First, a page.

- A comprehensive review of historical data suggests that illite and montmorillonite, associated with the weathering of silicic volcanic ash tuffs, are the most common clay minerals under the Willcox Playa. Illite at Willcox is described as the “dominant” clay mineral in a PhD thesis. Its formation in a geothermally active, alkaline environment is often significant and can aid in the concentration of lithium. This clay mineral is known to contribute to high-grade lithium values in other claystone lithium deposits.
Lithium Concentration Model at the Willcox Playa
The current model for the deposition and concentration of lithium on and under the Playa involves four key steps:
- The erosion of the Apache Leap Tuffs (~18.5 Ma), the proposed source rocks which surround much of the playa (Chiricahua Mountains to the south, the Dos Cabezas mountains to the east and the Dragoon and Little Dragoon Mountains to the west, and the Galiuro-Winchester mountains to the north);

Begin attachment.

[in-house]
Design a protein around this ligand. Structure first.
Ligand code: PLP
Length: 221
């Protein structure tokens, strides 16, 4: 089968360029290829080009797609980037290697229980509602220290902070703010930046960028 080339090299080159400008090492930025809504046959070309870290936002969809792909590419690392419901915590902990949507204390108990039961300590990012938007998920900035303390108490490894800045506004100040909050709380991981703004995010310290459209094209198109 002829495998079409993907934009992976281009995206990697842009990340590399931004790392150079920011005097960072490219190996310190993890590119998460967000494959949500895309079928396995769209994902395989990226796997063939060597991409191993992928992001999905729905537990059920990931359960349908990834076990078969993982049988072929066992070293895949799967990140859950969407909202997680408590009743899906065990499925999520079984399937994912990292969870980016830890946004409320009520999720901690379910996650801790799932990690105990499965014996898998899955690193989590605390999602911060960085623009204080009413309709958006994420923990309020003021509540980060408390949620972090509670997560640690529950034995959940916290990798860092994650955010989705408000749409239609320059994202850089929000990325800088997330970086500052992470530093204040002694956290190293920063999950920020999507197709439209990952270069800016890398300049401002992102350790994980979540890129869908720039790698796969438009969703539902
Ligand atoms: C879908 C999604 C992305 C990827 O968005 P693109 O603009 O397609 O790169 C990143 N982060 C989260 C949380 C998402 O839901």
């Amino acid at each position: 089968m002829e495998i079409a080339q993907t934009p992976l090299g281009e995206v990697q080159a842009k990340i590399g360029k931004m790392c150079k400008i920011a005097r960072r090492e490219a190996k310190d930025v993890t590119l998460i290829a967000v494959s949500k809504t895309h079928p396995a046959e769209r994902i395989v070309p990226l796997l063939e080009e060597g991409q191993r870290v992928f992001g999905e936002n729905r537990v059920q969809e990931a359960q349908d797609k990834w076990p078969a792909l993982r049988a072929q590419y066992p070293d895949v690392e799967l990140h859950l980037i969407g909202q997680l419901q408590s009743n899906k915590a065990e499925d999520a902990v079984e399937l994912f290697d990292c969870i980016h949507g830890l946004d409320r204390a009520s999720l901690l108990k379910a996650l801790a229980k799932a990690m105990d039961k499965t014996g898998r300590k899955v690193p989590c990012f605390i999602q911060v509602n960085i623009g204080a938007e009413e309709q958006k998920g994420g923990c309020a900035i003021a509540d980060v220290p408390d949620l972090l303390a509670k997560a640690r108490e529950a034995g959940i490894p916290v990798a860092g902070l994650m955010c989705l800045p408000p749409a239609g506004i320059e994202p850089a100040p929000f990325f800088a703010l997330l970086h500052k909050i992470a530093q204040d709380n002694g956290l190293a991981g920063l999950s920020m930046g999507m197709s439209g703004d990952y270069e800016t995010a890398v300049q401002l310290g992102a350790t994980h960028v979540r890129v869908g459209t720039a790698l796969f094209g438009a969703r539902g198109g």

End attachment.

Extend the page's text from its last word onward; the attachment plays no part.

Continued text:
- The material eroded from the source rocks was then transported to the centre of the valley into a very large brackish lake named Lake Cochise. The Playa is a mere remnant of Pleistocene aged Lake Cochise;
- The basin is hydrologically closed, and the fluids for the most part do not exit, other than by evaporation. This created a concentration and compaction of the deposited materials over time. The result was a dry lake with a clay package up to one mile (1,600 metres) thick beneath the current land surface. Refer to Figure 1, a general outline of the source rocks, deposition and concentration;
- The nearby Turkey Creek Caldera is proposed as an important heat source to drive geothermal springs in the area and add to the concentration of lithium within the Playa basin.